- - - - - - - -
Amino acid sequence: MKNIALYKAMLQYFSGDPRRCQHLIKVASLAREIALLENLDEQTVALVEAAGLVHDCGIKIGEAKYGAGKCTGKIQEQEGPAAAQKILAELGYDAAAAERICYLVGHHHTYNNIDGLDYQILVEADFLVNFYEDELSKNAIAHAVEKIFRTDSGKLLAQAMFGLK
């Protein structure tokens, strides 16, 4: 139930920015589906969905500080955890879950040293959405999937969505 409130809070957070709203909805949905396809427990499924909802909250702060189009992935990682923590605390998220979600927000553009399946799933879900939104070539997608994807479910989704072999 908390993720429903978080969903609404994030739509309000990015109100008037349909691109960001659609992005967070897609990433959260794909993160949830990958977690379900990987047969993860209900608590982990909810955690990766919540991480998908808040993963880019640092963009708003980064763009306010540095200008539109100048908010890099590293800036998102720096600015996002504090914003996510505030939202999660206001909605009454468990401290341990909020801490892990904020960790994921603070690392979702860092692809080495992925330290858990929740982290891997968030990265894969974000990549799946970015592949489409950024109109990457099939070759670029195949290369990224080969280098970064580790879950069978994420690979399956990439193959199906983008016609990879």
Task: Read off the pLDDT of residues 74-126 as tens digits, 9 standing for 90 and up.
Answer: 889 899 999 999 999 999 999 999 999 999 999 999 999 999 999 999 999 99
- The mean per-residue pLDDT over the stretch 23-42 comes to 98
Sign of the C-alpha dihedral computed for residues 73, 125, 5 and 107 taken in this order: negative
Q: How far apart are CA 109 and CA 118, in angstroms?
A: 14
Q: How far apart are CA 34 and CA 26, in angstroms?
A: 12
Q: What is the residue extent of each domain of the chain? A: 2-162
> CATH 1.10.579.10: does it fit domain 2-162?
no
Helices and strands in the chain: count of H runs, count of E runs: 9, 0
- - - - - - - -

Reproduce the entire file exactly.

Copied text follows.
Amino acid sequence: MKNIALYKAMLQYFSGDPRRCQHLIKVASLAREIALLENLDEQTVALVEAAGLVHDCGIKIGEAKYGAGKCTGKIQEQEGPAAAQKILAELGYDAAAAERICYLVGHHHTYNNIDGLDYQILVEADFLVNFYEDELSKNAIAHAVEKIFRTDSGKLLAQAMFGLK
């Protein structure tokens, strides 16, 4: 139930920015589906969905500080955890879950040293959405999937969505 409130809070957070709203909805949905396809427990499924909802909250702060189009992935990682923590605390998220979600927000553009399946799933879900939104070539997608994807479910989704072999 908390993720429903978080969903609404994030739509309000990015109100008037349909691109960001659609992005967070897609990433959260794909993160949830990958977690379900990987047969993860209900608590982990909810955690990766919540991480998908808040993963880019640092963009708003980064763009306010540095200008539109100048908010890099590293800036998102720096600015996002504090914003996510505030939202999660206001909605009454468990401290341990909020801490892990904020960790994921603070690392979702860092692809080495992925330290858990929740982290891997968030990265894969974000990549799946970015592949489409950024109109990457099939070759670029195949290369990224080969280098970064580790879950069978994420690979399956990439193959199906983008016609990879």
Task: Read off the pLDDT of residues 74-126 as tens digits, 9 standing for 90 and up.
Answer: 889 899 999 999 999 999 999 999 999 999 999 999 999 999 999 999 999 99
- The mean per-residue pLDDT over the stretch 23-42 comes to 98
Sign of the C-alpha dihedral computed for residues 73, 125, 5 and 107 taken in this order: negative
Q: How far apart are CA 109 and CA 118, in angstroms?
A: 14
Q: How far apart are CA 34 and CA 26, in angstroms?
A: 12
Q: What is the residue extent of each domain of the chain? A: 2-162
> CATH 1.10.579.10: does it fit domain 2-162?
no
Helices and strands in the chain: count of H runs, count of E runs: 9, 0